Reason 1: Timesheets track project costs
Business owners and project managers need to keep track of how much they’re spending on each project. This helps them ensure that they’re seeing a return on investment (ROI). It also helps them fairly invoice clients, distribute workload, and assign subtasks.
Reason 2: Timesheets help payroll
The fun part about timesheets is how they turn into money ?? Your company’s accountant will use timesheets to figure out how much to pay each employee.
Of course, paper timesheets are less user-friendly, and almost always will require a little guesswork from the employees filling them out. You can combat this by using time tracking software that easily integrates with payroll platforms — more on this later.
Reason 3: Timesheets help measure performance
Does your employee want to get a raise? Their timesheet offers an objective measurement of workplace performance. That’s because high-performing employees are significantly more productive than their low-performing counterparts — as much as 800% more productive, according to recent research.
Of course, when deciding whether to give a pay raise you’ll want to take into account factors other than hours worked. That said? Timesheets can still be helpful when looking at the big picture of worker performance.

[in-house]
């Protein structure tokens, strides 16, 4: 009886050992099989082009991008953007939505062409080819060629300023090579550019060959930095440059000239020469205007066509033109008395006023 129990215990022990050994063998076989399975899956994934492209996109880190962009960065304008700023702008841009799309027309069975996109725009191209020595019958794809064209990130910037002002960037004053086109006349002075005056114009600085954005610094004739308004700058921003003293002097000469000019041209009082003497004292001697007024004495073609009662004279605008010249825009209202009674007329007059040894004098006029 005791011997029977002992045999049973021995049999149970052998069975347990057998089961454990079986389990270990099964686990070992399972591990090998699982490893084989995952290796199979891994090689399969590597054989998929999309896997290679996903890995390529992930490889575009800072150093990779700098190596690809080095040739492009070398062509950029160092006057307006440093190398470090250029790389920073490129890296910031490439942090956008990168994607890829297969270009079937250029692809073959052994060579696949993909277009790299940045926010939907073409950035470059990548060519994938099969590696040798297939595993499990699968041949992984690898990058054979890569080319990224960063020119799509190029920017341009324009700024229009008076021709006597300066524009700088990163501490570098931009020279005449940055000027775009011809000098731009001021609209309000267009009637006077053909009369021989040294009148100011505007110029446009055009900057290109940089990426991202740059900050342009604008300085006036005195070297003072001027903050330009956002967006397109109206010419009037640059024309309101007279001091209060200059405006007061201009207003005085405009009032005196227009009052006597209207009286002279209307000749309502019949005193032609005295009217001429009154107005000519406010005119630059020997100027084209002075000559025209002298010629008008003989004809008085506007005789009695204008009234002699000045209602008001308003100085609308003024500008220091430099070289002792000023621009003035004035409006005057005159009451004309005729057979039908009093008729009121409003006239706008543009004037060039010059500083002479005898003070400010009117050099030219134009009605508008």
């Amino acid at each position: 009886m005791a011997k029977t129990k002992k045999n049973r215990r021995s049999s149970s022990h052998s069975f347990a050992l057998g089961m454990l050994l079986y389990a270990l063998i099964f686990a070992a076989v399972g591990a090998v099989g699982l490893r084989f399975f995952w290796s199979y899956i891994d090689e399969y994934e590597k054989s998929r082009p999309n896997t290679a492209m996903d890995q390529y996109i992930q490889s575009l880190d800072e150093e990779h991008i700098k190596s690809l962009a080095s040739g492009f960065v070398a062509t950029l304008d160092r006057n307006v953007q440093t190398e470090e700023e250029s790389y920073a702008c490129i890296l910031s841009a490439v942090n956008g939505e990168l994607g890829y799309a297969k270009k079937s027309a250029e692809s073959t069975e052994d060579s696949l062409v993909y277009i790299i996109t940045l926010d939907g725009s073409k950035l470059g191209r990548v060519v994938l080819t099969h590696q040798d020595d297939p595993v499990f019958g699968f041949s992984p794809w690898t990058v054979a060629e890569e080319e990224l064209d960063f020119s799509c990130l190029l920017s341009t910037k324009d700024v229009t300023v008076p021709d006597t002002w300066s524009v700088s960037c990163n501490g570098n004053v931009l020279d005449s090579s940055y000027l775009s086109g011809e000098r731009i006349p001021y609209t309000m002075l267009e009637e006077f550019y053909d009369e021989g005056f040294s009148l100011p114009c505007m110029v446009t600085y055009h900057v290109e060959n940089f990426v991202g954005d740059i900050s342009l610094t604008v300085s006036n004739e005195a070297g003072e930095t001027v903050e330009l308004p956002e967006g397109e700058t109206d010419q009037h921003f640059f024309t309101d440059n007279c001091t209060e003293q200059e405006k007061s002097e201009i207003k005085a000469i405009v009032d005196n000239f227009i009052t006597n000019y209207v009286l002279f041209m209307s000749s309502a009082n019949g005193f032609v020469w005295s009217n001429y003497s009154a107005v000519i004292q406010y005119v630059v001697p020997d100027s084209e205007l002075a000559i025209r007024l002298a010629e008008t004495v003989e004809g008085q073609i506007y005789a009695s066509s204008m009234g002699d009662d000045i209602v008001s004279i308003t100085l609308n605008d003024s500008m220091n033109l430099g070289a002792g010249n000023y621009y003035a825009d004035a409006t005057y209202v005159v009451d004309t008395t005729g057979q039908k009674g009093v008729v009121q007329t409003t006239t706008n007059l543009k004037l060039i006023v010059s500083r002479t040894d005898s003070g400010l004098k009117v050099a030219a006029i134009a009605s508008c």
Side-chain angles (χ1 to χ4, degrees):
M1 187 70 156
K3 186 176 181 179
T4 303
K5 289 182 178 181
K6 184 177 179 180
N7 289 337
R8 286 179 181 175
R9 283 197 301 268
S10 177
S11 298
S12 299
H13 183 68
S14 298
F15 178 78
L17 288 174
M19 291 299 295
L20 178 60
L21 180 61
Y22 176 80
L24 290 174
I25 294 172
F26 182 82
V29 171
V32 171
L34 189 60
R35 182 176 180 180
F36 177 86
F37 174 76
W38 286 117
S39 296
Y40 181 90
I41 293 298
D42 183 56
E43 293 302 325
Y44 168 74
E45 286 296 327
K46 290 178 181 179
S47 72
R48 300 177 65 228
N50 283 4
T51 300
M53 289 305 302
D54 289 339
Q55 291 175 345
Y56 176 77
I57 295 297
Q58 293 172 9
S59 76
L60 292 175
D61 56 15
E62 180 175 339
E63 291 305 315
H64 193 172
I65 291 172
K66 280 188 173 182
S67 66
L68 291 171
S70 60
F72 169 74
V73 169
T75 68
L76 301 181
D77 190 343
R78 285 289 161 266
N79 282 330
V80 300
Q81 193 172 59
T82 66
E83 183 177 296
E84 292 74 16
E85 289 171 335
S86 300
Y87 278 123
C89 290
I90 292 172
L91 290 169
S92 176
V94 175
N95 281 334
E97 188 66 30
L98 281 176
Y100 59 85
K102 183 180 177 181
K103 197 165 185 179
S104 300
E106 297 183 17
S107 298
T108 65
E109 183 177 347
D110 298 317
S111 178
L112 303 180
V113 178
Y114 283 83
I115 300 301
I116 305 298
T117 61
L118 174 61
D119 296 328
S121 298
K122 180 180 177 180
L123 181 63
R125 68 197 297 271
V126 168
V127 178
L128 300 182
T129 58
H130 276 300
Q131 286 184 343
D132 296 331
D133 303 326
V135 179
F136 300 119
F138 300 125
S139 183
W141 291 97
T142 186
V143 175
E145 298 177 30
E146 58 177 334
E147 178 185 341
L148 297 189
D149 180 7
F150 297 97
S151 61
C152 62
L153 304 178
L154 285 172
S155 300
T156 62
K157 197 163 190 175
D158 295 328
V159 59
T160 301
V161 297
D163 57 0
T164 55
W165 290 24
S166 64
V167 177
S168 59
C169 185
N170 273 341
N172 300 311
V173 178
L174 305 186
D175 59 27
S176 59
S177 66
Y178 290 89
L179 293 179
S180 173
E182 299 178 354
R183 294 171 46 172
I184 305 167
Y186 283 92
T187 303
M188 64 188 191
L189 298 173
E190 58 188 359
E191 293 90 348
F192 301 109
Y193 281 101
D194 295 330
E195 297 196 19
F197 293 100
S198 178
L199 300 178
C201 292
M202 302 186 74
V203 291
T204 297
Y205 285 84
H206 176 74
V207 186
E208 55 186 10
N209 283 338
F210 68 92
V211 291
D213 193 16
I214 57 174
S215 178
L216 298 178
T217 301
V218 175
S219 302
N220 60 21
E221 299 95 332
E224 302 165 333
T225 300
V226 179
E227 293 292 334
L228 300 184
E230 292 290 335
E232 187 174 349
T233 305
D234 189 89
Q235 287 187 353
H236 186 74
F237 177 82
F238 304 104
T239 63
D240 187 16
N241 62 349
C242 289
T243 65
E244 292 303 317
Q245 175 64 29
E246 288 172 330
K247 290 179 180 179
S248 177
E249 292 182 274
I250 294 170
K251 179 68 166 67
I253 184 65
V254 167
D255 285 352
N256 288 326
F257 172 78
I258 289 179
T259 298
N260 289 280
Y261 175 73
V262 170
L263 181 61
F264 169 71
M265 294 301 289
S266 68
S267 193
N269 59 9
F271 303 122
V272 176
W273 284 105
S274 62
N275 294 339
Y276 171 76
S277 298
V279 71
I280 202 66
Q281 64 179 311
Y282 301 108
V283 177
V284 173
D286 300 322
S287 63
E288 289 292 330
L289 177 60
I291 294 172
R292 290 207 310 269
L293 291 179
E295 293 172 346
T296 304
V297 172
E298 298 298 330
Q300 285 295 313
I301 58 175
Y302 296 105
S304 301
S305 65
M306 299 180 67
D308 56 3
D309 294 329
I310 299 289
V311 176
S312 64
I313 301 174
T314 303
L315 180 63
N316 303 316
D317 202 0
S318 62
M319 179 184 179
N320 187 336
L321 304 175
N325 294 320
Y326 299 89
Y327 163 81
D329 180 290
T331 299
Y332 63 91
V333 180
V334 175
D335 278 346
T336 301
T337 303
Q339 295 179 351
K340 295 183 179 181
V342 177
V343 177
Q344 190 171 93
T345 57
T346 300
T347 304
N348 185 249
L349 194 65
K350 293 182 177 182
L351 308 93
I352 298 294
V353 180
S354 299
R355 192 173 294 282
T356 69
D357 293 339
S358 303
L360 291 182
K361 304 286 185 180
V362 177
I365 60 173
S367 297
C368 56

Reason 4: Timesheets create accurate billing
Depending on where you work, timesheets may be used to create client invoices. In this scenario, it’s especially useful when timesheets are used in conjunction with project planning software. For example, the ability to break down costs based on specific projects or even tasks within that project can let clients know where their budget is going.
Reason 5: Timesheets save money
Because timesheets are so useful for budgeting, implementing timesheets can help save money over time. When collecting timesheets, you’ll see the big picture of how your workers spend their time. This will help them plan future projects and staff responsibilities in a way that maximizes profits.
Reason 6: It’s required by law
The U.S. Department of Labor Wages and Fair Labor Standards Act legally requires employers to keep certain records. That includes daily hours worked, total hours worked per workweek, pay rate, and total wages paid. Timesheets are one way to maintain records in order to be compliant with the law.